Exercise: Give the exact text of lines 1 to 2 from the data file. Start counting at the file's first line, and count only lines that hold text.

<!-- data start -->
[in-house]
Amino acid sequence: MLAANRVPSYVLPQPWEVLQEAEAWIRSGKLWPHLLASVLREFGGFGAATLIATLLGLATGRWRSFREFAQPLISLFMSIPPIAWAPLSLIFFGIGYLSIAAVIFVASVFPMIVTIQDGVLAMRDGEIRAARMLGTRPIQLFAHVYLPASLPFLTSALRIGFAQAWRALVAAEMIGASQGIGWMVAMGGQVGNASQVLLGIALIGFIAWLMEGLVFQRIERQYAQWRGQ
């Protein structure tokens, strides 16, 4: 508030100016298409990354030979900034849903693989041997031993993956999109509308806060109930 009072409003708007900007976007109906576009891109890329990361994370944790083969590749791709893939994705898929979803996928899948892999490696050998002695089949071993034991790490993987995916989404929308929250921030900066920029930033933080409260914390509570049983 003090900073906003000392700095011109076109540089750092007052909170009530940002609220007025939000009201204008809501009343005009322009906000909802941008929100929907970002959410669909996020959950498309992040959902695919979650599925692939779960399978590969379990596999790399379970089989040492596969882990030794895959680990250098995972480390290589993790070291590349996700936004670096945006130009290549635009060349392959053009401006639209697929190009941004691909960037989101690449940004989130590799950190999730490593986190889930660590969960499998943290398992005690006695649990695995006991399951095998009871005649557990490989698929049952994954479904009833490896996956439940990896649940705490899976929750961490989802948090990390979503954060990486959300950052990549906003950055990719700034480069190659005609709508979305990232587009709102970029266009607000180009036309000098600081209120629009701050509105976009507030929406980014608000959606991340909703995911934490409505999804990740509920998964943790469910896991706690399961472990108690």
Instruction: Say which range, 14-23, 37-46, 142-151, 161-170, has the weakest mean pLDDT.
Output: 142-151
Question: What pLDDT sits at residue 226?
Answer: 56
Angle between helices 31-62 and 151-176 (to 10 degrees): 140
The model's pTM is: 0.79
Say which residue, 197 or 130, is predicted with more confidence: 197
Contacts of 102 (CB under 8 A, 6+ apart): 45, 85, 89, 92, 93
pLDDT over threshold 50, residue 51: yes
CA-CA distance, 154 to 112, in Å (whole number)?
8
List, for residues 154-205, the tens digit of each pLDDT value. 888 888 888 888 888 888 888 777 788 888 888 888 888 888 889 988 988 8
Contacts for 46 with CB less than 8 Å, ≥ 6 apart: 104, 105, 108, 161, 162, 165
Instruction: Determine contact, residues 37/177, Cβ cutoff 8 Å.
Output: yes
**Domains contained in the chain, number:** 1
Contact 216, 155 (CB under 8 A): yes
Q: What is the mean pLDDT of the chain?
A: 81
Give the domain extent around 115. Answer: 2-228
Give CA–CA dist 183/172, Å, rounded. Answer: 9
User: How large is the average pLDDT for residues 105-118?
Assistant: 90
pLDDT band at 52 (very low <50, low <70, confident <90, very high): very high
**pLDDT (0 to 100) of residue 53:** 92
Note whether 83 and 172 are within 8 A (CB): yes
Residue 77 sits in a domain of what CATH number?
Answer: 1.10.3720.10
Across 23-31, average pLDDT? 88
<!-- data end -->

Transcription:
[in-house]
Amino acid sequence: MLAANRVPSYVLPQPWEVLQEAEAWIRSGKLWPHLLASVLREFGGFGAATLIATLLGLATGRWRSFREFAQPLISLFMSIPPIAWAPLSLIFFGIGYLSIAAVIFVASVFPMIVTIQDGVLAMRDGEIRAARMLGTRPIQLFAHVYLPASLPFLTSALRIGFAQAWRALVAAEMIGASQGIGWMVAMGGQVGNASQVLLGIALIGFIAWLMEGLVFQRIERQYAQWRGQ